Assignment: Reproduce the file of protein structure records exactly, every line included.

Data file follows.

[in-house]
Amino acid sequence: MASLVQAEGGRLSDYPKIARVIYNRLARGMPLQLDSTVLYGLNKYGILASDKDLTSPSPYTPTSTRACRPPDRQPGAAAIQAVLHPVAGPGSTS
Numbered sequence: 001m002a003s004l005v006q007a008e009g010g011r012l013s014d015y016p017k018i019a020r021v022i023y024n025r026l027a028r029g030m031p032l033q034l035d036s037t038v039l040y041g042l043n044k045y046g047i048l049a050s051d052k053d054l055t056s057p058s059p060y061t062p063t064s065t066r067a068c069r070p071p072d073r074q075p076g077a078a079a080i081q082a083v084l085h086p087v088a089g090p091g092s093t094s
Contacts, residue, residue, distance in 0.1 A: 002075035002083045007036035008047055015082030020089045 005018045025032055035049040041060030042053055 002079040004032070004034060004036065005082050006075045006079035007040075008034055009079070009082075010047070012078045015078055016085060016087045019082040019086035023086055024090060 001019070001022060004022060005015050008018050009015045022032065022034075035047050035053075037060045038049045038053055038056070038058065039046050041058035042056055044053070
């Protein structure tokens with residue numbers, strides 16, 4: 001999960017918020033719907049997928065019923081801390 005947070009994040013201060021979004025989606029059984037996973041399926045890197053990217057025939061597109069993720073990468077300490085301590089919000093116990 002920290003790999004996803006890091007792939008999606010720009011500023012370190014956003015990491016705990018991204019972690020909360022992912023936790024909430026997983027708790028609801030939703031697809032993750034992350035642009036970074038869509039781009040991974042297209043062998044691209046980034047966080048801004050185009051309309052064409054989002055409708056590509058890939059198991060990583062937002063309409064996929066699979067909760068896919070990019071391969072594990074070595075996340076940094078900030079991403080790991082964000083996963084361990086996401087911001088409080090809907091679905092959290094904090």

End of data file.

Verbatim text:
[in-house]
Amino acid sequence: MASLVQAEGGRLSDYPKIARVIYNRLARGMPLQLDSTVLYGLNKYGILASDKDLTSPSPYTPTSTRACRPPDRQPGAAAIQAVLHPVAGPGSTS
Numbered sequence: 001m002a003s004l005v006q007a008e009g010g011r012l013s014d015y016p017k018i019a020r021v022i023y024n025r026l027a028r029g030m031p032l033q034l035d036s037t038v039l040y041g042l043n044k045y046g047i048l049a050s051d052k053d054l055t056s057p058s059p060y061t062p063t064s065t066r067a068c069r070p071p072d073r074q075p076g077a078a079a080i081q082a083v084l085h086p087v088a089g090p091g092s093t094s
Contacts, residue, residue, distance in 0.1 A: 002075035002083045007036035008047055015082030020089045 005018045025032055035049040041060030042053055 002079040004032070004034060004036065005082050006075045006079035007040075008034055009079070009082075010047070012078045015078055016085060016087045019082040019086035023086055024090060 001019070001022060004022060005015050008018050009015045022032065022034075035047050035053075037060045038049045038053055038056070038058065039046050041058035042056055044053070
């Protein structure tokens with residue numbers, strides 16, 4: 001999960017918020033719907049997928065019923081801390 005947070009994040013201060021979004025989606029059984037996973041399926045890197053990217057025939061597109069993720073990468077300490085301590089919000093116990 002920290003790999004996803006890091007792939008999606010720009011500023012370190014956003015990491016705990018991204019972690020909360022992912023936790024909430026997983027708790028609801030939703031697809032993750034992350035642009036970074038869509039781009040991974042297209043062998044691209046980034047966080048801004050185009051309309052064409054989002055409708056590509058890939059198991060990583062937002063309409064996929066699979067909760068896919070990019071391969072594990074070595075996340076940094078900030079991403080790991082964000083996963084361990086996401087911001088409080090809907091679905092959290094904090």